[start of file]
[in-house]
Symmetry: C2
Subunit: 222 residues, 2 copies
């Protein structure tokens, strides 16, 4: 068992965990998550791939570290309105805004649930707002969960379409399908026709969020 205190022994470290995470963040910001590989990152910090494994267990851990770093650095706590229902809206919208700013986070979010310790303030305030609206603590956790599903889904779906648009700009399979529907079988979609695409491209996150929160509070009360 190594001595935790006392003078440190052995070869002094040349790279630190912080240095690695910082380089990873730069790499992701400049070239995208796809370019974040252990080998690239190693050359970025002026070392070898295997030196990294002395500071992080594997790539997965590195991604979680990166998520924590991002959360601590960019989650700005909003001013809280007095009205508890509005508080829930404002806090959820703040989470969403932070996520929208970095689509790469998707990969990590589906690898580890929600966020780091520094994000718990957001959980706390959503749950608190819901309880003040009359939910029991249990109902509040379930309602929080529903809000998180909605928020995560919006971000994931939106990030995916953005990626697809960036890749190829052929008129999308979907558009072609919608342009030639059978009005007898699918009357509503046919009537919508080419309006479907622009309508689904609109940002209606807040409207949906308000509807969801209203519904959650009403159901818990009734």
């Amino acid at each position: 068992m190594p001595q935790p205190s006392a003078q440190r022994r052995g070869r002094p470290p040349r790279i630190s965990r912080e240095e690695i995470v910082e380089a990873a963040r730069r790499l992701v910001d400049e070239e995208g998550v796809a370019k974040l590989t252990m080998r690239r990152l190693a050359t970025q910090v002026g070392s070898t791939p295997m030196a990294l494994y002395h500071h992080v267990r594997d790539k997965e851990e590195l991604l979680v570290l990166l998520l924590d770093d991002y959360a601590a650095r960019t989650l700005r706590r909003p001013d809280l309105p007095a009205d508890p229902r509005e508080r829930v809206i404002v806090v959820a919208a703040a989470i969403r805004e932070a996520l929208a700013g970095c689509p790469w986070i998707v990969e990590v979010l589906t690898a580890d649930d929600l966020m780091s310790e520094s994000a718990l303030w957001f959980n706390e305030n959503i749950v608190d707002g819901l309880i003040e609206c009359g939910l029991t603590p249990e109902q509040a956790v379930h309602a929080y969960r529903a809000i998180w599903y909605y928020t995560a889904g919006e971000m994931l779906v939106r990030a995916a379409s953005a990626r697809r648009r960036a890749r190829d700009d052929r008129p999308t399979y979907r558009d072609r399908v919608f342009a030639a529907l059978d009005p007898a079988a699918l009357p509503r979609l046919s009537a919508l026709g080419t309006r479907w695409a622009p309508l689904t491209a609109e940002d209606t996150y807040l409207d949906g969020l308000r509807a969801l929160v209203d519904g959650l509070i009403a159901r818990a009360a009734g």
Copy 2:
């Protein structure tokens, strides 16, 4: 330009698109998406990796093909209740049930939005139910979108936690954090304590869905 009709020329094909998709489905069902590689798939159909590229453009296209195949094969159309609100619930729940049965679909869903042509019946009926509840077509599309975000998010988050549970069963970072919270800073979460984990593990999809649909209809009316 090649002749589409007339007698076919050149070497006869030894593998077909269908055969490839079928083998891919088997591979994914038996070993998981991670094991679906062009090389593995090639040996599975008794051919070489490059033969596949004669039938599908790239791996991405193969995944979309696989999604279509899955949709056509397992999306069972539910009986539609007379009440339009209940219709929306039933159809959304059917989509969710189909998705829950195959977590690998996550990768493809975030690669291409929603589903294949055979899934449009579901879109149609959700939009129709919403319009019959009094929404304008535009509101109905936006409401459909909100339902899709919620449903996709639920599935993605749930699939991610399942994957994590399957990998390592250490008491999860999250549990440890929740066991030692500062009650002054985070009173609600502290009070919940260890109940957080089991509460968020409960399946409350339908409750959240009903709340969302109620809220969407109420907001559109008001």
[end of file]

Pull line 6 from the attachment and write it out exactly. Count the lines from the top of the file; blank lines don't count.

Copy 2: